• Field in table that is used to relate that table to other tables  

• Foreign key: the heart of the “relation"

• RDBMS

• Relational Database Management System

• E.F. Codd

• IBM Research Scientist, invented the relational model for database management  • Meta Data

• Metadata: information about the data, not the data itself  

• SQL

• Software that allows a user to query through a database

• Based on work done by IBM in 1974 for mainframes

• The American National Standards Institution standardized SQL in 1986  • Stereotypes of IT jobs

• Stereotype: IT people work alone in a cubicle  

• Interpersonal skills were the highest rated non-technology skill  

• Stereotype: Working with IT requires writing lots of code

• Most IT people do planning, architecture, and configuration, but little coding  • Stereotype: I can’t get a job other than in an IT company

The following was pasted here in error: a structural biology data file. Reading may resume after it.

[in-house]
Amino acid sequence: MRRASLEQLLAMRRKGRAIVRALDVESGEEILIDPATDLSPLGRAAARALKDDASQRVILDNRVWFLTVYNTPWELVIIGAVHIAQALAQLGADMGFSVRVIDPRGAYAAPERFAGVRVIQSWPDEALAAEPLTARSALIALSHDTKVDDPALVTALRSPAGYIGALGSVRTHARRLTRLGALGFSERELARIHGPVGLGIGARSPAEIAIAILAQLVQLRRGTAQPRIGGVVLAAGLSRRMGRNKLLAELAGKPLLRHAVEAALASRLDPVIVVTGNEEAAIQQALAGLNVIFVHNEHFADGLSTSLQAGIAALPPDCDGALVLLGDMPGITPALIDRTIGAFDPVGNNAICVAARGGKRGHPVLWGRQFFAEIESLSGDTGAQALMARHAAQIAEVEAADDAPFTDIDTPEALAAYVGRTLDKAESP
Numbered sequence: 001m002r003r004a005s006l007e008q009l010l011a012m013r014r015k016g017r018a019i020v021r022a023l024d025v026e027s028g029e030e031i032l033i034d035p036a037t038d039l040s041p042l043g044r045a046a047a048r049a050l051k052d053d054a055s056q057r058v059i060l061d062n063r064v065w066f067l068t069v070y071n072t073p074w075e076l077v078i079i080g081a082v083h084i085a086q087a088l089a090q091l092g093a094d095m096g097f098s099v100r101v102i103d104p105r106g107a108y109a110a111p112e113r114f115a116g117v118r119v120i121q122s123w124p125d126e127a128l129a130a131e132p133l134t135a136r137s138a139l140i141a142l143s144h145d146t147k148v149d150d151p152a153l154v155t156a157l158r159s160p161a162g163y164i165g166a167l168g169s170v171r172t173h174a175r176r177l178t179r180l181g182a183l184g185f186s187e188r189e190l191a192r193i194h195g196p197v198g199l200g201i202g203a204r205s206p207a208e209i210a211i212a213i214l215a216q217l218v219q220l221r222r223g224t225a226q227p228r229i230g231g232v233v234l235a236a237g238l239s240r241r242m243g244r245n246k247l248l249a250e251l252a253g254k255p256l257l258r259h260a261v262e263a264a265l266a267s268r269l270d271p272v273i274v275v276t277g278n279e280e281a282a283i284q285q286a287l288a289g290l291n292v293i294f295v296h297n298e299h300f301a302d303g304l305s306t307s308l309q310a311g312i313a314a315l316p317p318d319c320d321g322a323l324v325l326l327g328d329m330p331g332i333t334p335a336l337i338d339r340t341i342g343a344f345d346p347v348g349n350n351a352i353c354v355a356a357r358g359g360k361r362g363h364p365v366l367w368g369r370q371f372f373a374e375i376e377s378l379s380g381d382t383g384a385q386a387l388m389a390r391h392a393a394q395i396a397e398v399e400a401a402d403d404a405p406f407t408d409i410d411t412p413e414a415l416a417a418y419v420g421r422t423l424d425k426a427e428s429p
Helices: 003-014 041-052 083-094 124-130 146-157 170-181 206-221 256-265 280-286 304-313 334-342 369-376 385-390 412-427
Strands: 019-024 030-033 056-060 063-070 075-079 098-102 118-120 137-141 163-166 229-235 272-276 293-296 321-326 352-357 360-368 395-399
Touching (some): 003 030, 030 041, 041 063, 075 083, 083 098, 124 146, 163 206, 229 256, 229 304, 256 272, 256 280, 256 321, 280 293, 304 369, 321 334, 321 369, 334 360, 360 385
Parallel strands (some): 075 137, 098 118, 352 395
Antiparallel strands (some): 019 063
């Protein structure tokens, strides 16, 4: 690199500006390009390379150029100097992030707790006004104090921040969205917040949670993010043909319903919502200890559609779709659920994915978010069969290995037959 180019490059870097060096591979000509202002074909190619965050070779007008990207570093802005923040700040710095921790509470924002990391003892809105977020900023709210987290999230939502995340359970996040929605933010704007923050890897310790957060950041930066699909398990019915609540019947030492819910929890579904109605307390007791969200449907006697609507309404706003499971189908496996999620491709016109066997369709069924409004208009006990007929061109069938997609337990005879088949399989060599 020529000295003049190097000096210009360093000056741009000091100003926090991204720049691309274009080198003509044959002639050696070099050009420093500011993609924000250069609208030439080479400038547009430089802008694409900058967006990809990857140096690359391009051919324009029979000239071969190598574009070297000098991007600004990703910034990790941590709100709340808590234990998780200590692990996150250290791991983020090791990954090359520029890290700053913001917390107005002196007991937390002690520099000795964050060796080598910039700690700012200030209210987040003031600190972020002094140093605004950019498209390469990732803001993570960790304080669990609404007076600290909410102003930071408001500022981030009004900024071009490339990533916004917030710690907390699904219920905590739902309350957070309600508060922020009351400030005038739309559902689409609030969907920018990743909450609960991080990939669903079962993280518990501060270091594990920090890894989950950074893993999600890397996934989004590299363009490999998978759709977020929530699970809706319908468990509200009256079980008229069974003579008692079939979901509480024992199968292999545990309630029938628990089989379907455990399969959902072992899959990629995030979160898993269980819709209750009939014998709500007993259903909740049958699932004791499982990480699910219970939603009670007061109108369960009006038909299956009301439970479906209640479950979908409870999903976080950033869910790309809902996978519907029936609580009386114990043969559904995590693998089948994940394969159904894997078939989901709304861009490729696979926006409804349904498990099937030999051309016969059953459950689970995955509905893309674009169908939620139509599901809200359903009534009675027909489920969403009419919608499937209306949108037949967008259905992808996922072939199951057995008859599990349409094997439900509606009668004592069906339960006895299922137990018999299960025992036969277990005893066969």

• IT affects every industry

• Stereotype: only IT people have to know how to deal with IT

• IT tasks are distributed through every department of organizations one ever sector • Sales

• Marketing

• Engineering

• Logistics

• Government

• Nonprofit  

• Careers in IT

• Information Systems  

• Systems administrator  

• Network engineer  

• Security specialist  

• Systems programmer  

• Systems architect  

• Applications/Production

• Applications developer  

• Applications architect  

• Web content  

• Manager/producer  

• Graphic designer  

• QA tester  

• Technical writer  

• Technical trainer  

• IT Management

• Operations manager  

• Applications project manager  

• Product management  

• Systems/support manager  

• CIO/CTO/director